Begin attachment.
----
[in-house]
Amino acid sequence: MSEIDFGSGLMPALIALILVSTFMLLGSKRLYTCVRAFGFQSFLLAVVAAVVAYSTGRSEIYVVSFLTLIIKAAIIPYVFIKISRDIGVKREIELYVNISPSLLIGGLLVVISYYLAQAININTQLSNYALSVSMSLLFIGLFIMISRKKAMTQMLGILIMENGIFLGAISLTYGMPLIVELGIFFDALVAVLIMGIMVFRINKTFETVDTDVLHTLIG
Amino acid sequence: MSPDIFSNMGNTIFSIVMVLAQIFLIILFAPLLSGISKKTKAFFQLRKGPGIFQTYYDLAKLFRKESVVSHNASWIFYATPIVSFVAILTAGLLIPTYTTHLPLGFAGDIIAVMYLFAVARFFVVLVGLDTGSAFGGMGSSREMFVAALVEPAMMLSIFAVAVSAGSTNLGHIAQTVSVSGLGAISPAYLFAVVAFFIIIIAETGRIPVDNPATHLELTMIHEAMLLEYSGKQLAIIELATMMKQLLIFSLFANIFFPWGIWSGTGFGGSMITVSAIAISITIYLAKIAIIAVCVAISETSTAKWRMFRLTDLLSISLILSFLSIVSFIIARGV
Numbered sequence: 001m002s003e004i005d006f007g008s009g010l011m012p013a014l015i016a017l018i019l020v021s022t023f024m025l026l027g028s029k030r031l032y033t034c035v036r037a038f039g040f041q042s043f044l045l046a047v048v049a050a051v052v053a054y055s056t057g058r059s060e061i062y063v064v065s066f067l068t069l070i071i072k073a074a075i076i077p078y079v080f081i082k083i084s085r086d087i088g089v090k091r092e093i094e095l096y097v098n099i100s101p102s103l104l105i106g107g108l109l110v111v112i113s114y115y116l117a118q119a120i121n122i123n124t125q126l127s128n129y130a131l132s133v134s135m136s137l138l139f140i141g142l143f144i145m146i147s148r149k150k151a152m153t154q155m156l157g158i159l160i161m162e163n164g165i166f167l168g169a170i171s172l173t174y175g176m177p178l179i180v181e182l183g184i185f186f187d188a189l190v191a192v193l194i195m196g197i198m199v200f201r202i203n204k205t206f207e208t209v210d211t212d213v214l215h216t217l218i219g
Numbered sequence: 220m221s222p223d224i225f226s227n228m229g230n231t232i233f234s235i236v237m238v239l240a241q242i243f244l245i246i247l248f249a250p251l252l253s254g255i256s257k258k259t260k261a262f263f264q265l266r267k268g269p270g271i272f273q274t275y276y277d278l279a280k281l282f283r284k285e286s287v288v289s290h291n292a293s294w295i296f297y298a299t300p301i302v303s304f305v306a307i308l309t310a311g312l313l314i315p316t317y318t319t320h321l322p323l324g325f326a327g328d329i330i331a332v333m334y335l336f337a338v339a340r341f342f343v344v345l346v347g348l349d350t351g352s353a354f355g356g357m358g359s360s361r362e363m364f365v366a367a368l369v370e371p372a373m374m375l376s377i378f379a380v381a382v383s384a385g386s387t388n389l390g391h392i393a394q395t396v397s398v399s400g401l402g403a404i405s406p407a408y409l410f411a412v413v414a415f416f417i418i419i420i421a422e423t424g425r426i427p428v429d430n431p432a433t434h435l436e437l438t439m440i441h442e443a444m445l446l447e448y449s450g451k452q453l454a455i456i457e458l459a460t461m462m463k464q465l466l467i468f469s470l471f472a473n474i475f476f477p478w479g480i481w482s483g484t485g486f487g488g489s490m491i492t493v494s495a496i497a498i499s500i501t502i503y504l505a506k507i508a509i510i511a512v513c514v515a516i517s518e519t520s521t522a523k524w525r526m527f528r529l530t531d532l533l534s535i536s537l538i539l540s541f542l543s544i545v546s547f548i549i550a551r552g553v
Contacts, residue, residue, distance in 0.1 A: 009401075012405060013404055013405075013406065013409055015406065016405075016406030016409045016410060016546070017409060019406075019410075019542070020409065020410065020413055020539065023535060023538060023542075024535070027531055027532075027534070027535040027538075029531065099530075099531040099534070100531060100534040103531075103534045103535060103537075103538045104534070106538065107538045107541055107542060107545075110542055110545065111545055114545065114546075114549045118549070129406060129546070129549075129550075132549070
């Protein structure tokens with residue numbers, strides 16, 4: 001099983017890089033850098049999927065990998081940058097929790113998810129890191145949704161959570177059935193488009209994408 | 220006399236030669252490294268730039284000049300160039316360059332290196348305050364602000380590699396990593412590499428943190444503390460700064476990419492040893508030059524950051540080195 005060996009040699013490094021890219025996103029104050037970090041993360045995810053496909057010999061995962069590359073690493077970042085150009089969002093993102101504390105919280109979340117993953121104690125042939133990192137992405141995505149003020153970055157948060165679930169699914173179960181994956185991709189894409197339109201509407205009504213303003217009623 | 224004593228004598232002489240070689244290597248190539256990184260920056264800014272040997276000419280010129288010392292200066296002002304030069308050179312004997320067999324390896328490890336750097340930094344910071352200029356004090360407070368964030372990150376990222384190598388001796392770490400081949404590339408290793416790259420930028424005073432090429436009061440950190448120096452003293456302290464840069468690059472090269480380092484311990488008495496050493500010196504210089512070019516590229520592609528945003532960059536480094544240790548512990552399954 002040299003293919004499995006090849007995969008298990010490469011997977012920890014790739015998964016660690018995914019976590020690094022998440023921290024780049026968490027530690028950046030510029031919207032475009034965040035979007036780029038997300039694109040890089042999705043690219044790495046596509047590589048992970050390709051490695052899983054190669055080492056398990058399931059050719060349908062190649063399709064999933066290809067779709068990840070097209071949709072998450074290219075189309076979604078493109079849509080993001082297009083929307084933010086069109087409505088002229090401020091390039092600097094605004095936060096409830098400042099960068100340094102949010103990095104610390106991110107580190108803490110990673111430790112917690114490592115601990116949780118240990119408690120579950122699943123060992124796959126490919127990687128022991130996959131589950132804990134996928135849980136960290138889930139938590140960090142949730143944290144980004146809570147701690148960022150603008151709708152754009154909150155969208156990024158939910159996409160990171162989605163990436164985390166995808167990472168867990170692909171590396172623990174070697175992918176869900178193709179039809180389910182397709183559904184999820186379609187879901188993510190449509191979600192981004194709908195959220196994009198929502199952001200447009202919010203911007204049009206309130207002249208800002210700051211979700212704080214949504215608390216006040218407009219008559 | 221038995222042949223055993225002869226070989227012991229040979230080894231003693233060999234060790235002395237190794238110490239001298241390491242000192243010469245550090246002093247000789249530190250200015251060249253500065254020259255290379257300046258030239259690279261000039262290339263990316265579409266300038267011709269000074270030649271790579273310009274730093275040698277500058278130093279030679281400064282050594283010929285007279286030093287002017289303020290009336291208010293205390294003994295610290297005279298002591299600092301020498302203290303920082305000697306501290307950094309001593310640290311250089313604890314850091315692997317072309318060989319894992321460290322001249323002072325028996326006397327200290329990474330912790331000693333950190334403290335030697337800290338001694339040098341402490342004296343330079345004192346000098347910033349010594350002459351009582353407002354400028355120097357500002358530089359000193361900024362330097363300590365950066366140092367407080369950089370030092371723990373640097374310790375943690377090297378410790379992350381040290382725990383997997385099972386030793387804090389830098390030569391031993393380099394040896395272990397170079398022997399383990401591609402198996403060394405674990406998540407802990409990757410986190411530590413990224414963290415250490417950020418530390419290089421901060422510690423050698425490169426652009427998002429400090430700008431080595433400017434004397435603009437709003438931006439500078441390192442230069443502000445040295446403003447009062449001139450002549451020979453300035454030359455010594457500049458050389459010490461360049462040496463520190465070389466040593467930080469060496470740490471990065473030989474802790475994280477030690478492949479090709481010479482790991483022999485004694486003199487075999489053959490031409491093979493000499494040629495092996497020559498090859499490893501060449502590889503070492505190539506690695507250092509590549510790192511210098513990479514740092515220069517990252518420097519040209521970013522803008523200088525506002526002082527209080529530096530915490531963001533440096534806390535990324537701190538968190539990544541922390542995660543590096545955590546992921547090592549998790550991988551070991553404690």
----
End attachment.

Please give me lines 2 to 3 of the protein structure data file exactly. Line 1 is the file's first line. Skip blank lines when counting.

Amino acid sequence: MSEIDFGSGLMPALIALILVSTFMLLGSKRLYTCVRAFGFQSFLLAVVAAVVAYSTGRSEIYVVSFLTLIIKAAIIPYVFIKISRDIGVKREIELYVNISPSLLIGGLLVVISYYLAQAININTQLSNYALSVSMSLLFIGLFIMISRKKAMTQMLGILIMENGIFLGAISLTYGMPLIVELGIFFDALVAVLIMGIMVFRINKTFETVDTDVLHTLIG
Amino acid sequence: MSPDIFSNMGNTIFSIVMVLAQIFLIILFAPLLSGISKKTKAFFQLRKGPGIFQTYYDLAKLFRKESVVSHNASWIFYATPIVSFVAILTAGLLIPTYTTHLPLGFAGDIIAVMYLFAVARFFVVLVGLDTGSAFGGMGSSREMFVAALVEPAMMLSIFAVAVSAGSTNLGHIAQTVSVSGLGAISPAYLFAVVAFFIIIIAETGRIPVDNPATHLELTMIHEAMLLEYSGKQLAIIELATMMKQLLIFSLFANIFFPWGIWSGTGFGGSMITVSAIAISITIYLAKIAIIAVCVAISETSTAKWRMFRLTDLLSISLILSFLSIVSFIIARGV